posted on Jan, 20 2021 @ 03:14 AM
For those interested in an actual "disclosure" (a leak of a technology that was only being conceptualized -- and hardly even understood -- at the time), I recommend those "Isaac CARET" documents.

Here's the very first, ever, mentioning (albeit not referred to by the exact term as we know it today) of a solid-state neural network based on optoelectronics (hardware-confined electromagnetic fields):

First of all, you wouldn't open up their hardware to find a CPU here, and a data bus there, and some kind of memory over there. Their hardware appeared to be perfectly solid and consistent in terms of material from one side to the other. Like a rock or a hunk of metal. But upon [much] closer inspection, we began to learn that it was actually one big holographic computational substrate - each "computational element" (essentially individual particles) can function independently, but are designed to function together in tremendously large clusters. I say it’s holographic because you can divide it up into the smallest chunks you want and still find a scaled-down but complete representation of the whole system. They produce a nonlinear computational output when grouped. So 4 elements working together is actually more than 4 times more powerful than 1. Most of the internal "matter" in their crafts (usually everything but the outermost housing) is actually this substrate and can contribute to computation at any time and in any state. The shape of these "chunks" of substrate also had a profound effect on its functionality, and often served as a "shortcut" to achieve a goal that might otherwise be more complex.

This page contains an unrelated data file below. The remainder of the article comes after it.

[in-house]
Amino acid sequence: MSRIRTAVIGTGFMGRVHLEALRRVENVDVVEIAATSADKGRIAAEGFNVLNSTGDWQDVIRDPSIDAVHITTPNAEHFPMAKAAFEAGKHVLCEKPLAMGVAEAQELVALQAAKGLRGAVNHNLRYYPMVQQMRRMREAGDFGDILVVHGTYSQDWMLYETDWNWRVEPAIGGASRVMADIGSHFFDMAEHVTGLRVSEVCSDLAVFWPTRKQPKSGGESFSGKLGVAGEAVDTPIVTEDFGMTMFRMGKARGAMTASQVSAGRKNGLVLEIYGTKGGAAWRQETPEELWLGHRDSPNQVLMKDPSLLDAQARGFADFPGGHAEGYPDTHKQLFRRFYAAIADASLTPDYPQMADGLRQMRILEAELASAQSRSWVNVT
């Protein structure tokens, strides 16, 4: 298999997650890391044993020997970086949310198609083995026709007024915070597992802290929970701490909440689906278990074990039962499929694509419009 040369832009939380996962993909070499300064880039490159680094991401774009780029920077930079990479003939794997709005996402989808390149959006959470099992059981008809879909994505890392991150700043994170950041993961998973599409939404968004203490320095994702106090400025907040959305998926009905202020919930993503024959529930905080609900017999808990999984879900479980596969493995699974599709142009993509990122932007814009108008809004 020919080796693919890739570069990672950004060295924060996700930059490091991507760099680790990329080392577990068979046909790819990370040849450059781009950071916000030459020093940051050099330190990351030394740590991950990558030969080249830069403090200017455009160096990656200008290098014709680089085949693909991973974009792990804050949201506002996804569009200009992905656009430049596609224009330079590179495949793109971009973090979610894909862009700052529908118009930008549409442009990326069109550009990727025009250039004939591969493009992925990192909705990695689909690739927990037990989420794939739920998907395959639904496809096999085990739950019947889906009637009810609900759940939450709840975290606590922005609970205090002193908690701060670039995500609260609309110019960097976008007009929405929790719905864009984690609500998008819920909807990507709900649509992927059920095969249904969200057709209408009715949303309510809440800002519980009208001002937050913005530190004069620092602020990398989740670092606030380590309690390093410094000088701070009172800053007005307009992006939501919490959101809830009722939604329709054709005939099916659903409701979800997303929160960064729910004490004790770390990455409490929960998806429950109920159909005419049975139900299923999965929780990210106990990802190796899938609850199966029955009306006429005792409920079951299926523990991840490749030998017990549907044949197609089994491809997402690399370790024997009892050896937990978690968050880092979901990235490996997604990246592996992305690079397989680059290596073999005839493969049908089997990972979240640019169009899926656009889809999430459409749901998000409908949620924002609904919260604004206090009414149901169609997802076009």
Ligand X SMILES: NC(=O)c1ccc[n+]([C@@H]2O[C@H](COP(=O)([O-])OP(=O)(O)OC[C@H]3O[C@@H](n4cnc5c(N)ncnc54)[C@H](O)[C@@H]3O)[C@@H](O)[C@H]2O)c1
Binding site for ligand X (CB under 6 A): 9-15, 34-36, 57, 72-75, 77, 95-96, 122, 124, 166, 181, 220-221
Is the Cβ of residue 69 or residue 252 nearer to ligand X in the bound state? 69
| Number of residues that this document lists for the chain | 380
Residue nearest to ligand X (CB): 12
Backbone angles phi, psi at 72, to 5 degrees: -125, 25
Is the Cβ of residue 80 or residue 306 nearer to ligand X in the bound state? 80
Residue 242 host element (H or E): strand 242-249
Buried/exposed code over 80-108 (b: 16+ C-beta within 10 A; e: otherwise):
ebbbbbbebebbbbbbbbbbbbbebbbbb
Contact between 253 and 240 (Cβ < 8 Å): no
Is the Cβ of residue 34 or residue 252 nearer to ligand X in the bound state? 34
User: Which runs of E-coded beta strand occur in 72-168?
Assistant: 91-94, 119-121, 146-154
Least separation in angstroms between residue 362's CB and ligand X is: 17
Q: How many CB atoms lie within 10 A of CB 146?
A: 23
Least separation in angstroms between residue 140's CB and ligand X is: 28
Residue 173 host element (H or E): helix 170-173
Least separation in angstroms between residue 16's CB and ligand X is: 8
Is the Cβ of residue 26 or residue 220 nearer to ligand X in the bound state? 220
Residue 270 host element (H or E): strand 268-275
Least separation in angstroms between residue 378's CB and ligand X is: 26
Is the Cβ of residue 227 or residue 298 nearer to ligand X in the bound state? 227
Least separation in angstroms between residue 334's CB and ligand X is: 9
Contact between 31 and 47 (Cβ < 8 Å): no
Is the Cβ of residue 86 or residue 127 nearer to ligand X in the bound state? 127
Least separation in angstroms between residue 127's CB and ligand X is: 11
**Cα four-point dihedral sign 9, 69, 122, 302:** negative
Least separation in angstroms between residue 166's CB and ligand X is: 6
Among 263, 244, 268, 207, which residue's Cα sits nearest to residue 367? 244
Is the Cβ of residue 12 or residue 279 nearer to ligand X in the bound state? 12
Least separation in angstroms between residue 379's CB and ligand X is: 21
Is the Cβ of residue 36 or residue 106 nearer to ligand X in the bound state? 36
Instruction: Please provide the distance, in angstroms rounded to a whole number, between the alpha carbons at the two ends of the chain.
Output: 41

As a side note, I could swear that those documents (whether genuine or fake) first came out in late 2004, or early 2005, and were then followed by (forced) "disclosure" of a "discovery" of memristors in 2005 (which are to solid-state neural-network hardware as transistors are to the current, publicly available semiconductor technology like CPU/RAM, etc.), which was all followed by fake CGI "photos" of supposed drones themselves a couple of years later (2006/2007).

Now, I don't really know what to think of the "language" being mentioned in those documents... other than it being some kind of surface-based "programming" for the hardware neural network, using some kind of magnetic material in order to change the distribution of the EM fields within the network... because, as is already well known, once a neural network is trained into doing whatever it does, it becomes virtually impossible to change its behavior in a predictable and controllable manner.

To even begin changing a neural network in such a way, one would have to know which nodes to change in the first place (because any change to even a single node quickly propagates to neighboring nodes, and thus effs up the whole attempt). Secondly, changing of individual nodes (their weigths, and the weigths of their connections) is possible only with software-based networks.